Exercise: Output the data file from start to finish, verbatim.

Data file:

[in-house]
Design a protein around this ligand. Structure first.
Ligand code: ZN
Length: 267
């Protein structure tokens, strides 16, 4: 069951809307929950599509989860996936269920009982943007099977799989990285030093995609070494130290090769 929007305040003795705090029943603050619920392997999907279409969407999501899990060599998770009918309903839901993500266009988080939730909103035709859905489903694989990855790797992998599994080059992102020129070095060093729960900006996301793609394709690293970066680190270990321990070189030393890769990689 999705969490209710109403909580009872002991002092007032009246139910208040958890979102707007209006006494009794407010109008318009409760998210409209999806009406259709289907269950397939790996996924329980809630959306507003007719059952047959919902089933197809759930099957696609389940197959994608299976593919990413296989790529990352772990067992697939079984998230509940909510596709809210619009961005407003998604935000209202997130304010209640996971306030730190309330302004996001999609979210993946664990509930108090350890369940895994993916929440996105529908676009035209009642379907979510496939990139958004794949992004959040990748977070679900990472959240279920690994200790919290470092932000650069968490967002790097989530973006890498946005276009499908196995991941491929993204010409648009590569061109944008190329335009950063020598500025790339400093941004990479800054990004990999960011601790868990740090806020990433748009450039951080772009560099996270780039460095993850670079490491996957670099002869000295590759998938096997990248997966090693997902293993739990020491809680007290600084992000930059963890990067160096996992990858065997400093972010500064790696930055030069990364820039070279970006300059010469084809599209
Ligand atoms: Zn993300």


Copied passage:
[in-house]
Design a protein around this ligand. Structure first.
Ligand code: ZN
Length: 267
């Protein structure tokens, strides 16, 4: 069951809307929950599509989860996936269920009982943007099977799989990285030093995609070494130290090769 929007305040003795705090029943603050619920392997999907279409969407999501899990060599998770009918309903839901993500266009988080939730909103035709859905489903694989990855790797992998599994080059992102020129070095060093729960900006996301793609394709690293970066680190270990321990070189030393890769990689 999705969490209710109403909580009872002991002092007032009246139910208040958890979102707007209006006494009794407010109008318009409760998210409209999806009406259709289907269950397939790996996924329980809630959306507003007719059952047959919902089933197809759930099957696609389940197959994608299976593919990413296989790529990352772990067992697939079984998230509940909510596709809210619009961005407003998604935000209202997130304010209640996971306030730190309330302004996001999609979210993946664990509930108090350890369940895994993916929440996105529908676009035209009642379907979510496939990139958004794949992004959040990748977070679900990472959240279920690994200790919290470092932000650069968490967002790097989530973006890498946005276009499908196995991941491929993204010409648009590569061109944008190329335009950063020598500025790339400093941004990479800054990004990999960011601790868990740090806020990433748009450039951080772009560099996270780039460095993850670079490491996957670099002869000295590759998938096997990248997966090693997902293993739990020491809680007290600084992000930059963890990067160096996992990858065997400093972010500064790696930055030069990364820039070279970006300059010469084809599209
Ligand atoms: Zn993300």